Food Hacking With Tim Ferriss

Considering that he’s already devised miracle shortcuts for jobs (The 4-Hour Workweek) and fitness (The 4-Hour Body), you might think Tim Ferriss, king of life hacking, would find few challenges in cooking. Wrong. It “kicked my ass so many times,” he writes in the first chapter of his latest book, The 4-Hour Chef, out this month from Amazon. “There’s an overabundance of information.” Indeed—you could use the 672-page hardcover to tenderize a flank steak. Here we hack the hacker, plucking and condensing a selection of his most useful and curious tips.

Food hacker Tim Ferriss.     Photo: Benjamin Sklar/Aerobie/Harry Bischoe/Glow Images/Corbis

TOOLS
ThermoWorks Original Cooking Thermometer and Timer, $19

This is the easiest way to avoid under- and overcooking. No more prodding a steak to see if it’s done. For most meats (always double-check), an internal temperature of 140 degrees should do the job.

Rada Cutlery Chef’s Dicer Knife, $13
Why not use the cheapest knife while you hone your skills? Of everything I’ve tested, that is the Rada. It has a five -inch blade and a lifetime warranty against defects.

AeroPress Coffeemaker, $26
Armed with an AeroPress and a small hand grinder, you can make world-class coffee on an airplane meal tray—no mess, no fuss.

ESSENTIALS
Vinegar

Most “balsamics” are fakes; I suggest sherry vinegar and champagne vinegar instead. Use the sherry with fatty meats and the champagne with foods you don’t want to stain.

Fresh Lemon Juice
If something’s missing, it’s probably acid.

D-Ribose Powder
Dust this supplement on red meats before grilling for an unparalleled meaty flavor. It also improves cardiac energy levels.

RECIPES
Hotel-Sink Salmon

Get a thin fillet. Fill your sink with the hottest water possible. Season salmon and seal inside an airless ziplock bag. Submerge bagged fish. If it’s a small basin, you’ll need to keep the water running to maintain a temperature above 122 degrees. Leave it alone for 20 minutes. You’re done.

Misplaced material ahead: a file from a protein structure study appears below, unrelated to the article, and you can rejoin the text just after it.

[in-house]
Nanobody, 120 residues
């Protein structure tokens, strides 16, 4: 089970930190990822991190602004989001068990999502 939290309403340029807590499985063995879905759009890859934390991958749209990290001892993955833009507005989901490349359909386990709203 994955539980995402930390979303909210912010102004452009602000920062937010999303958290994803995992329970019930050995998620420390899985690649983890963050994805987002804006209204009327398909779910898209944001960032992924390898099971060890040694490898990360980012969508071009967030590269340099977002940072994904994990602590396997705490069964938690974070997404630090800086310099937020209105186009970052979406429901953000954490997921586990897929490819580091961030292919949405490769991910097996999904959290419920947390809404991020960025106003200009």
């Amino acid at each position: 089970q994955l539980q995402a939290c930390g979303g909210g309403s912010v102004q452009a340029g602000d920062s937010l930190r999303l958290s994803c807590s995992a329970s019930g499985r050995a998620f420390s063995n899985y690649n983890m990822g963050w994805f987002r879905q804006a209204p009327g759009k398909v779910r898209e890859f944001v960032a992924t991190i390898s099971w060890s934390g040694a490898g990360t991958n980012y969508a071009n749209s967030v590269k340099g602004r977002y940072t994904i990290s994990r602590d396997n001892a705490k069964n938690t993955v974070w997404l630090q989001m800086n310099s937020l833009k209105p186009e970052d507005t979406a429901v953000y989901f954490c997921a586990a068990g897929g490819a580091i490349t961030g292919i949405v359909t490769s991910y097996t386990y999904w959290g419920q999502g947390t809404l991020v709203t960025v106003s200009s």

Muscle Cricket Protein Bars
These are now mandatory in children’s lunch boxes in southern Japan. Kidding. But bugs are high in protein, vitamins, and iron.

Ingredients
1/4 ounce Fluker Farm crickets
1 and 1/2 cups unflavored whey protein
1/2 cup uncooked rolled oats
1/2 cup unsweetened shredded coconut
1/2 cup water
2 teaspoons vanilla extract
1 cup unsweetened almond butter 

Put live crickets in a freezer for a couple of hours to kill them. Preheat oven to 200 degrees. Place crickets in cast-iron skillet and roast one to two hours, checking at 60 and 90 minutes (you want dried and crunchy, not burnt). Put roasted crickets in a ziplock bag and roll a wine bottle over them until they become a coarse powder. Add all ingredients into a mixing bowl. Blend by hand. (Wet hands first.) Press the mass into an eight-inch square baking pan. Cover and refrigerate for at least 30 minutes, then cut into bars. Wrap in plastic.

IN A PINCH
Get Drinkable Water With the Shirt Off Your Back

Sweep up the morning dew with a cotton T-shirt and wring it out into any vessel. If there’s enough dew, you can easily collect a day’s worth in an hour.

Catch a “Street Quail”
Why? Because pigeons are ubiquitous and delicious. Pick a park where people feed pigeons. Create a feeding frenzy (at least five birds) with whatever seed is available. Hold your snatching hand at knee height. Pin, don’t grab; use your fingers as a cover, not a clamp. Once the bird is trapped, hold it as if you’re going to hike it like a football, then stick it headfirst into your jacket pocket. It’ll calm down. If it’s illegal to trap pigeons where you live and a cop stops you, you can always set it free. “Just taking him for a walk, officer.”

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